Value of Immunohistochemistry in Gynecological Pathology
Moderator: Dr. W. Glenn McCluggage
Case 8 -
Endometrial Carcinoma Grade 1
with Squamous Metaplasia Involving the Lower Uterine Segment.
Dr. Jaume Ordi, Hospital Clinic,
59-year-old woman presented with uterine bleeding. An endometrial curettage showed an endometrial
carcinoma. A total hysterectomy with bilateral salpingo-oophorectomy was performed. The section
includes the lower uterine segment and the endocervical canal.
Case 8 - Figure 1
The uterus showed a 2 cm endometrial tumor located in the lower uterine segment. Histological
analysis revealed a well-differentiated endometrial adenocarcinoma with small foci of squamous
differentiation. No myometrial invasion was identified. The tumor involved the endocervical canal. The
uterine cervix showed a squamous intraepithelial carcinoma grade 3 (CIN3) and foci of in situ endocervical carcinoma. This second neoplasm contacted focally with the
Immunohistochemical studies showed that the neoplastic endometrial glands
exhibited an intense positivity for Vimentin, estrogen and progesterone receptors and cytokeratin 7. CEA
was negative in this component and p16 showed only isolated positive cells. In contrast, the cervical
intraepithelial neoplasm showed, both in the squamous and in the glandular component intense and diffuse
positivity for p16 and CEA. In contrast, vimentin, estrogen and progesterone receptors were negative.
Finally, HPV 16 was identified by PCR using the SPF10 set of primers in the endocervical
adenocarcinoma but not in the endometrial tumor.
- Endometrial carcinoma grade 1
with squamous metaplasia involving the lower uterine segment.
- CIN3 and in situ adenocarcinoma of the uterine cervix.
The distinction between an endometrial and an endocervical origin of an adenocarcinoma may be
difficult, especially with small biopsy specimens or when tumor is present in both endometrial and
cervical specimens. Frequently these tumors show overlapping histologic features. Thus, a significant
number of endocevical tumors show endometrioid features, and endometrial neoplasms frequently show
mucinous differentiation. This distinction is of importance because adjuvant treatments may
differ depending on whether the tumour is of endometrial or endocervical origin and the choice
of primary surgery may also differ. Clues to a primary endometrial lesion include the
presence of adjacent atypical endometrial hyperplasia or the presence of benign squamous
elements or stromal foam cells. A primary endocervical tumour is favoured when there is
Several immunohistochemical stains can be helpful in making this differentiation. The most commonly
used panel of immunohistochemical stains includes vimentin, carcinoembryonic antigen (CEA) and estrogen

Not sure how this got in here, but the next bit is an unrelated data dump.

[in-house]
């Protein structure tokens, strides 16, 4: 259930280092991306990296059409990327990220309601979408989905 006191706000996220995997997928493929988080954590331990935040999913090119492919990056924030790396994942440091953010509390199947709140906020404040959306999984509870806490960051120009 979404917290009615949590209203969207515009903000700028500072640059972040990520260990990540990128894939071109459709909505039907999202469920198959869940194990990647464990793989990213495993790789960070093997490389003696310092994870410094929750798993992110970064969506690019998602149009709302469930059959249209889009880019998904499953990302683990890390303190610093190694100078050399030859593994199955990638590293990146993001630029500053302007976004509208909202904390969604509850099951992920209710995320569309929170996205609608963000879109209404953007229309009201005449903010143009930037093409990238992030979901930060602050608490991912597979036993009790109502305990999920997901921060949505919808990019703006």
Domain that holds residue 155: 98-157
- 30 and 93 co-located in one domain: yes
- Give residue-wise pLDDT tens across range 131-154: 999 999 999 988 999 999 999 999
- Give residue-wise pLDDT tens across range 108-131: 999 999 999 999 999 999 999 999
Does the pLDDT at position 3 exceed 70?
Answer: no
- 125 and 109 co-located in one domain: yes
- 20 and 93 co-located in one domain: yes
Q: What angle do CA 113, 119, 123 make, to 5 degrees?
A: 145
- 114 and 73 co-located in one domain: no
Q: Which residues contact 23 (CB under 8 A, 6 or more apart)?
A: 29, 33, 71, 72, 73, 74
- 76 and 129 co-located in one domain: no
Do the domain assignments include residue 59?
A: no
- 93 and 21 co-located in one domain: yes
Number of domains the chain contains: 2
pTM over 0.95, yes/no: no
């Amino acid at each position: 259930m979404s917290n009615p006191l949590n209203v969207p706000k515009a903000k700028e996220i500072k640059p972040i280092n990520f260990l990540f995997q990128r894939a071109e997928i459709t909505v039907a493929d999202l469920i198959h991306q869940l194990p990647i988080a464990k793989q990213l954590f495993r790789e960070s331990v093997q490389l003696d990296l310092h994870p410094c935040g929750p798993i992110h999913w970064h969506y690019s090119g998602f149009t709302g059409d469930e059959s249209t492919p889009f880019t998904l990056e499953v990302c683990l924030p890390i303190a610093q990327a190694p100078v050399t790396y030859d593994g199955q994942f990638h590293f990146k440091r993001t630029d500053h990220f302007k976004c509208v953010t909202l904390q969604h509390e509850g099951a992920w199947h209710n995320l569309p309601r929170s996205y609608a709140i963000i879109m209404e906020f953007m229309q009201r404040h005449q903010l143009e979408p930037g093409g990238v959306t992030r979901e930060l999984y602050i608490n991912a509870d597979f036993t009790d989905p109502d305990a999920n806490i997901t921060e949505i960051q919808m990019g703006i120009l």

and progesterone receptors. Most endometrial adenocarcinomas are positive for vimentin, whereas only a
minority of tumors of endocervical origin are positive for this marker. CEA positivity is more common in
endocervical adenocarcinomas (60-75%) than in endometrial adenocarcinomas (less than 30%). However, some
endometrial adenocarcinomas may be focally positive for CEA and there is often strong positive
staining of benign squamous elements.
Finally ER is usually negative or there may be focal weak positivity in endocervical tumors.
In contrast, endometrial adenoarcinomas usually show abundant positive cells.
The p16 protein, encoded by the CDKN2A (MTS1, INK4A) tumor suppressor gene located on
chromosome 9p21 decelerates the cell cycle by inactivating the function of cdk4- and cdk6-cyclin D
complexes. These complexes regulate the G1 checkpoint by phosphorylation and subsequent inactivation of
retinoblastoma (pRb), which releases E2F that allows the cell to enter in the S phase. In all
HPV-related neoplasms, pRb has been shown to be functionally inactivated as a consequence of HPV E7
protein expression, and as a result, a strong overexpression of p16 develops. Cervical cancer and their
precursor, cervical intraepithelial neoplasia and endocervical adenocarcinoma in
situ, but not normal or reactive cervical epithelia, express high levels of the p16. Thus, p16
immunohistochemistry can be of help for distinguishing between an endometrial and an endocervical origin
of an adenocarcinoma. Endocervical adenocarcinomas show an intense and diffuse positivity for p16 in
almost 100% of cases. Most primary endocervical adenocarcinomas are characterized by strong, diffuse
positivity of 100% of cells with p16. Endometrial adenocarcinomas are usually positive, but positivity
is generally focal and commonly involves <50% of cells. Thus, diffuse, strong positivity with p16
suggests an endocervical rather than an endometrial origin of an adenocarcinoma. When there is
morphological doubt this antibody may be of value as part of a panel for ascertaining the origin of an
Human papillomavirus (HPV) are recognized to play an etiologic role in cervical carcinogenesis and are
detectable in almost all preinvasive and invasive cervical epithelial neoplasms. The high risk human
papillomavirus (HR-HPV) types are etiologically related to the progression to cervical cancer because of
the expression of their E6 and E7 oncoproteins to deregulate cell cycle proteins. Thus, techniques to
identify HPV can also be used in the making this distinction because HPV sequences are constantly
identified in cervical tumors and premalignant lesions using sensitive PCR techniques. Using in situ hybridization, HPV has been detected in 2/3 of cases.
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